The Federal Reserve’s long-awaited liftoff on its benchmark interest rate won’t happen until September, according to economists surveyed by Bloomberg News, as officials try to spur inflation and hiring after the economy stumbled in the first quarter.

Policy makers meeting on Tuesday and Wednesday in Washington will assess the impact of a harsh winter and a stronger dollar, which may have helped reduce the pace of economic growth to the lowest in a year, economists said. A hiring slowdown last month is adding to caution inside the Federal Open Market Committee, said Thomas Costerg at Standard Chartered Bank in New York.

“They would like to see more signs of a rebound in the second quarter,” said Costerg, the New York-based senior U.S. economist. “There are some fears that the headwinds from the strong dollar and the drop in oil investment may persist.”

Seventy-three percent of 59 economists said the first rate increase since June 2006 will come in September, according to a Bloomberg survey conducted April 22-24. That’s up from 37 percent in a March survey, when a majority of economists predicted an increase in June or July.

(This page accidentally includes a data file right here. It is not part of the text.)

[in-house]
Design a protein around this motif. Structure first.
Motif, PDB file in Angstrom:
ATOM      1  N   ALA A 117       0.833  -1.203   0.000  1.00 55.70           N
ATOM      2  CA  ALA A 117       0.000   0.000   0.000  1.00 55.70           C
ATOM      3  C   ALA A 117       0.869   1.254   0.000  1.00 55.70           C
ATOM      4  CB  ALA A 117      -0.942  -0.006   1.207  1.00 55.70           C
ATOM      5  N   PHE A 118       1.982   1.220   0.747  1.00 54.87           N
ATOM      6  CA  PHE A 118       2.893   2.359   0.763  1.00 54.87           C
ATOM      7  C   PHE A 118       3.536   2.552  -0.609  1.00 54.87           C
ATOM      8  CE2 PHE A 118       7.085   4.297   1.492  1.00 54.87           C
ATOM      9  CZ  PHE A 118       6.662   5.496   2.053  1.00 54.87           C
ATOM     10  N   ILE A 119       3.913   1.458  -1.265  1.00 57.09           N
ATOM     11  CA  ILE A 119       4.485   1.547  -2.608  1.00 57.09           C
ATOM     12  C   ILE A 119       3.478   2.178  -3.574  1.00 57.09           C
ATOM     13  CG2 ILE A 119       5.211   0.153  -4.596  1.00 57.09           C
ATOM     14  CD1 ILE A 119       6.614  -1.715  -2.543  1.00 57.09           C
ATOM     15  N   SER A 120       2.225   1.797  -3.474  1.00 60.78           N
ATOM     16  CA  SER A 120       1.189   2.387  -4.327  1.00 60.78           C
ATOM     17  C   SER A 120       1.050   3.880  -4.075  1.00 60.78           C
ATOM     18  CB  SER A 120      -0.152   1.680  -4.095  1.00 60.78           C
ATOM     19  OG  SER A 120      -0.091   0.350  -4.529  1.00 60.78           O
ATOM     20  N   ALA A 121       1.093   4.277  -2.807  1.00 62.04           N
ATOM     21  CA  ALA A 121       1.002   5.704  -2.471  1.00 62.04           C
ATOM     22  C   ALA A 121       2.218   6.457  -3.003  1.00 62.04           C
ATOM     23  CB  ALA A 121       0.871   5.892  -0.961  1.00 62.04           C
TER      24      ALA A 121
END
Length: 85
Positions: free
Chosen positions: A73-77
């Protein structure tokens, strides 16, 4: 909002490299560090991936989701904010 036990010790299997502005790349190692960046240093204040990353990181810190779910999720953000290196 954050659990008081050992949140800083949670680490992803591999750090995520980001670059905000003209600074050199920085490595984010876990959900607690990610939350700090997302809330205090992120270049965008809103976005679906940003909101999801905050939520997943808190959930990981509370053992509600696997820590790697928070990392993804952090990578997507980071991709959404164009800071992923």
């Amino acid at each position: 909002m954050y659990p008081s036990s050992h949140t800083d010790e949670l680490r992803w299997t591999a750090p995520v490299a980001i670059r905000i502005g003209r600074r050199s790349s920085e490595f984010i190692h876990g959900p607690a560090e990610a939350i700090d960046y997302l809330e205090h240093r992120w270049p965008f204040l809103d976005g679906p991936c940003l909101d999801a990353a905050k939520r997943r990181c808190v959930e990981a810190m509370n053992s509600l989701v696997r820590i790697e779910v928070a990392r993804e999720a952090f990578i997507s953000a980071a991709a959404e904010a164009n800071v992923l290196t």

Economic growth may have slowed to a 1 percent annual pace in the first three months of 2015 from 2.2 percent in the prior quarter, according to a separate survey. Among the reasons: a decline in energy-related investments caused by a slump in oil prices. The GDP report will be released at 8:30 a.m. on Wednesday in Washington.

The Fed last month dropped an assurance that it will be “patient” in raising rates. Instead, officials said they want to see further labor-market gains and be “reasonably confident” inflation will move back up toward their 2 percent goal before tightening policy.

Ref. ABFJournal April 28, 2015